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ALEC on John Reid Radio Show: President Ought to Focus on Reducing the Cost of Higher Education

The President really needs to be focusing his time and attention on fixing this cost problem in higher education. It affects everyone.

ALEC Education and Workforce Development Task Force Director Andrew Handel joined host John Reid on Newsradio WRVA in Richmond, Va. this week to talk about President Joe Biden’s forgiveness of billions of dollars in student loan debt. Below are hightlights of the conversation:

John Reid: I’m looking through the Constitution I bought for like $4.  It’s very nice copy of the Constitution and I don’t see the magic wand or provision in here where the President of the United States just can  wipe away debt. I’m just puzzled by this. I’m very puzzled that everyone in Washington seems to be okay with the idea of authorizing the president, Republican or Democrat, to make decisions like this.  These people just don’t want to pay their own bills. I’m tired of it. I’m not paying their bills. Andrew, what was your take on this?

Andrew Handel: It’s amazing how we went from a year ago when President Biden and even Speaker Pelosi both saying the President does not have the authority to cancel student loan debt. Now here we are just a few months  from November  and perhaps not coincidentally, suddenly, he appears to have found the authority. He pulled in out of thin air.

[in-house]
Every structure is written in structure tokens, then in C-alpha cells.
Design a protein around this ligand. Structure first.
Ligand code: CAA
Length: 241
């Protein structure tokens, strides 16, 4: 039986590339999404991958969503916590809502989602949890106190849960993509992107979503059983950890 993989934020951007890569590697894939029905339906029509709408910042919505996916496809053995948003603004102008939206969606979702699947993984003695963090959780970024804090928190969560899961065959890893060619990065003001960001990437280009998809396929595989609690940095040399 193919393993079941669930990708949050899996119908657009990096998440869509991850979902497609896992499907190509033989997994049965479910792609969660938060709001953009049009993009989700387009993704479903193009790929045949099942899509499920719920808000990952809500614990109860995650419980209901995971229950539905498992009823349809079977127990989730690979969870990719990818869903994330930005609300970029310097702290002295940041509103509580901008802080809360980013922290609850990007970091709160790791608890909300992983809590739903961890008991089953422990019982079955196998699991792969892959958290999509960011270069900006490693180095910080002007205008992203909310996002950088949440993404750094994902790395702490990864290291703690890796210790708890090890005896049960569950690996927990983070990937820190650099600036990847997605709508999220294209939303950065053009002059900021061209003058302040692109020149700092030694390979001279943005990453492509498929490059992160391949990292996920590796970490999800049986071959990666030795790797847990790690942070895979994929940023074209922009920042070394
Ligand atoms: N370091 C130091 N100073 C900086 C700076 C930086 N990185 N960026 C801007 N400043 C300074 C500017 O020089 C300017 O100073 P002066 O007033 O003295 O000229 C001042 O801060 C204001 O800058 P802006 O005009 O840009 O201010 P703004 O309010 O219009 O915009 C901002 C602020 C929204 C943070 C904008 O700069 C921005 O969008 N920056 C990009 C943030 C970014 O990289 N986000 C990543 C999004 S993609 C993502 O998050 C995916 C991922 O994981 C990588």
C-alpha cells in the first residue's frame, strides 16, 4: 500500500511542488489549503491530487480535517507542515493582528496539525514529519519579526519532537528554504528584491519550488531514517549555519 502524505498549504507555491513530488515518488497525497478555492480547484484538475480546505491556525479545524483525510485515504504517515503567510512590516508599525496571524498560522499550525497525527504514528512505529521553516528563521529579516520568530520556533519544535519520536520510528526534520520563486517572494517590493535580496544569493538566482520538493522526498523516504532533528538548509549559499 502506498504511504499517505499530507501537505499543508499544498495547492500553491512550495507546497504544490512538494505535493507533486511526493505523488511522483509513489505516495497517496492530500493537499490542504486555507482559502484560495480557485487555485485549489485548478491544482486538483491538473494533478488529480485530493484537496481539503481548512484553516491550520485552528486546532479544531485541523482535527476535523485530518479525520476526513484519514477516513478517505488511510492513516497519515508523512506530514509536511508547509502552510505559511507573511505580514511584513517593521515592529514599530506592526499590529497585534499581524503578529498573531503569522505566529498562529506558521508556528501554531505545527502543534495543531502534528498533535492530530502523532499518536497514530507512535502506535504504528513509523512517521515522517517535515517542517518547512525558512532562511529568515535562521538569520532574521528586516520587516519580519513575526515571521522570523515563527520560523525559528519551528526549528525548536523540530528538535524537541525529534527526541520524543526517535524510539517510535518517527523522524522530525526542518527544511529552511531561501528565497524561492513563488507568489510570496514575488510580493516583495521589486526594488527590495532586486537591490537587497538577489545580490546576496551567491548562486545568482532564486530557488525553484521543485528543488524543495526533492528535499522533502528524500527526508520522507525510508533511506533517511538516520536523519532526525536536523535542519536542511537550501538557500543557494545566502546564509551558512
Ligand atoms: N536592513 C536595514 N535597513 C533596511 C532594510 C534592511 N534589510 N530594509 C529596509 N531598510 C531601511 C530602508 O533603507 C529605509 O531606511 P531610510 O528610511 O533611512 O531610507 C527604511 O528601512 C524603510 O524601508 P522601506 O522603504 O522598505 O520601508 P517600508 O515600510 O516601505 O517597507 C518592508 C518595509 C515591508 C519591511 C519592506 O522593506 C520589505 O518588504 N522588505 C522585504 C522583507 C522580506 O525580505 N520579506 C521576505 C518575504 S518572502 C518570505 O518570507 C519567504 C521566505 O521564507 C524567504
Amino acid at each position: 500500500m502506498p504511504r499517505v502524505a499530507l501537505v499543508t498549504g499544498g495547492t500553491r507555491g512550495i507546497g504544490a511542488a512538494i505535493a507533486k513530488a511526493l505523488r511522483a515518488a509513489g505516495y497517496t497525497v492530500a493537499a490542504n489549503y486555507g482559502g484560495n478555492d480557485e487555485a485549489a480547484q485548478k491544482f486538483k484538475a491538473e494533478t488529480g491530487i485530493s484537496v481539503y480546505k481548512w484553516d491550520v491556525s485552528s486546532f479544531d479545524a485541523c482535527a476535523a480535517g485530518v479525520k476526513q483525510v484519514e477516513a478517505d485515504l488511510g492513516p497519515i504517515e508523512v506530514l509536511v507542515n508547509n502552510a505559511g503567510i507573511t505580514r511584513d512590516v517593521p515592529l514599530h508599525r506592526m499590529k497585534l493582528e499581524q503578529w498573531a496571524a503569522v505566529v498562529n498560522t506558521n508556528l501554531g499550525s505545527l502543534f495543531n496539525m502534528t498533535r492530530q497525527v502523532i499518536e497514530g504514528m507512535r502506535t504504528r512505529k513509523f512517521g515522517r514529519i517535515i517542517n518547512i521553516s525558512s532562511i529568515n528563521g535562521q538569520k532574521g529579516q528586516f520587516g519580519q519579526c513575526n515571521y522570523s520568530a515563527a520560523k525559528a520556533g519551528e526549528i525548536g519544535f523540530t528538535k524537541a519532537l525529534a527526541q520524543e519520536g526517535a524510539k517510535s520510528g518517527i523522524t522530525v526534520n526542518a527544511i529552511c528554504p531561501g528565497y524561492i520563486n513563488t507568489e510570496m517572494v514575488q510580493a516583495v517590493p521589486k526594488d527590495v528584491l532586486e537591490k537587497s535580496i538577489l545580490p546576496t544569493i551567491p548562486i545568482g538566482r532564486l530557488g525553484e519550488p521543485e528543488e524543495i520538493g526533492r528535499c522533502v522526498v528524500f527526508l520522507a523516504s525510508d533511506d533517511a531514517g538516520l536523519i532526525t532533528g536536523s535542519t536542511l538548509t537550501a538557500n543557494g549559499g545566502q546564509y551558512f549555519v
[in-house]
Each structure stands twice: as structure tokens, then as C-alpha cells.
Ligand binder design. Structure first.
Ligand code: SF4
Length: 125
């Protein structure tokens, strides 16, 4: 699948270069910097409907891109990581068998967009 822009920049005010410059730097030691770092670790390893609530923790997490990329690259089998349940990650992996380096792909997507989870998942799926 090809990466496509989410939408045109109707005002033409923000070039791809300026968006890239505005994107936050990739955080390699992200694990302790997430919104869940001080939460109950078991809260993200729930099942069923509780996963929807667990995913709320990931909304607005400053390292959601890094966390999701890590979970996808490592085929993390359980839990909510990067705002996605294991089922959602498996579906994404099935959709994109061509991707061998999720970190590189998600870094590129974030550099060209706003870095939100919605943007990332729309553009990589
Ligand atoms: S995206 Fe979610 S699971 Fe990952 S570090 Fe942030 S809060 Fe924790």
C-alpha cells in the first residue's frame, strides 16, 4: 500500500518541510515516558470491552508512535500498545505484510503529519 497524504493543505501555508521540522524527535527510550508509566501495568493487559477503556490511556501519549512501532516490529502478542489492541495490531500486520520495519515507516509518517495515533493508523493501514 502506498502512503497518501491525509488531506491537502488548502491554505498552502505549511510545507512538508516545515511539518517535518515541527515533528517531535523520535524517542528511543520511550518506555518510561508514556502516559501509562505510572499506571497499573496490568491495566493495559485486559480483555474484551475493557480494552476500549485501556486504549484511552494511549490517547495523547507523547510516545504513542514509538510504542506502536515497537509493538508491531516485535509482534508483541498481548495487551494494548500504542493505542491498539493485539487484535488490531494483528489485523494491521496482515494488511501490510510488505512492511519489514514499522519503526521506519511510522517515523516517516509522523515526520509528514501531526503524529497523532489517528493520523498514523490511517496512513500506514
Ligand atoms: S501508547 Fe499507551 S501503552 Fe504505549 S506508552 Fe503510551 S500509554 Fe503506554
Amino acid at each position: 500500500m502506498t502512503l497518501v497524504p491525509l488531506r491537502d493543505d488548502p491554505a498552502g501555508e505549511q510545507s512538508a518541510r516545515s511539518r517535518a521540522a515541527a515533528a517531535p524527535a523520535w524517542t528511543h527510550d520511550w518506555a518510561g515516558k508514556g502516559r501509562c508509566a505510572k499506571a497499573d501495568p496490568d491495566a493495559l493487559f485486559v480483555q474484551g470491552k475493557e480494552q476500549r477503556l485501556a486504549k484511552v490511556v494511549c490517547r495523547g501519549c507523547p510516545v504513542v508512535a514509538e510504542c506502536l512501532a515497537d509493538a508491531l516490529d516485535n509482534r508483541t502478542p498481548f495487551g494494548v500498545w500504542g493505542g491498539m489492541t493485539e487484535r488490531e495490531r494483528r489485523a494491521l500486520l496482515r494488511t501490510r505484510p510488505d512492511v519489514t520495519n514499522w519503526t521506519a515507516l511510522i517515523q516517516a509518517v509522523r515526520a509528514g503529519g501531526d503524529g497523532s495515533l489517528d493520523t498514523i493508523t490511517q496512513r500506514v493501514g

John Reid: Will this be litigated by individual citizens will or will there be someone who stands up in the Congress? Maybe even in his own party someone will say, “Mr. President, you are making this up. You don’t have this authority, and we got to stop you here.”

Andrew Handel: I would be shocked if there wasn’t a court case filed. The Supreme Court has been pretty clear over the years when it comes to a major regulatory decision like this that has huge financial and political ramifications. The Court has stated that unless Congress explicitly gave the agency the authority to do that, they can’t do it. Congress will often defer to agencies to kind of administer these programs. So in the case of student loan debt, the Department of Education obviously is given general authority but nowhere in statute or the Constitution, did Congress give the agency the ability to simply cancel all these loans.

John Reid:  I’ve been tracking ALEC, the American Legislative Exchange Council, for a long time from back when I worked on Capitol Hill. I often got briefings, written and otherwise from you all, that I thought were informative. Is it correct that if you add all of this up, we’re talking about almost a trillion dollars?

Andrew Handel: I think what we’re talking about is close to half-a-trillion dollars when it’s all said and done. The amazing thing here is 87% of Americans do not have any student loan debt. It’s just 13% of Americans have that have this debt. And then of course, these are all individuals who went to college and so they should be making more money than their peers as a result of that. The President really needs to be focusing his time and attention on fixing this cost problem in higher education. It affects everyone. Ultimately, the federal government subsidization of the market for student loans is really what’s driven the price is so high, because the reality is virtually anyone who fills out a student financial aid application is likely going to be eligible for some kind of a student loan.  Doesn’t this just incentivizes colleges to raise their prices?

Andrew was also featured on talking about President Biden’s student loan forgiveness action:

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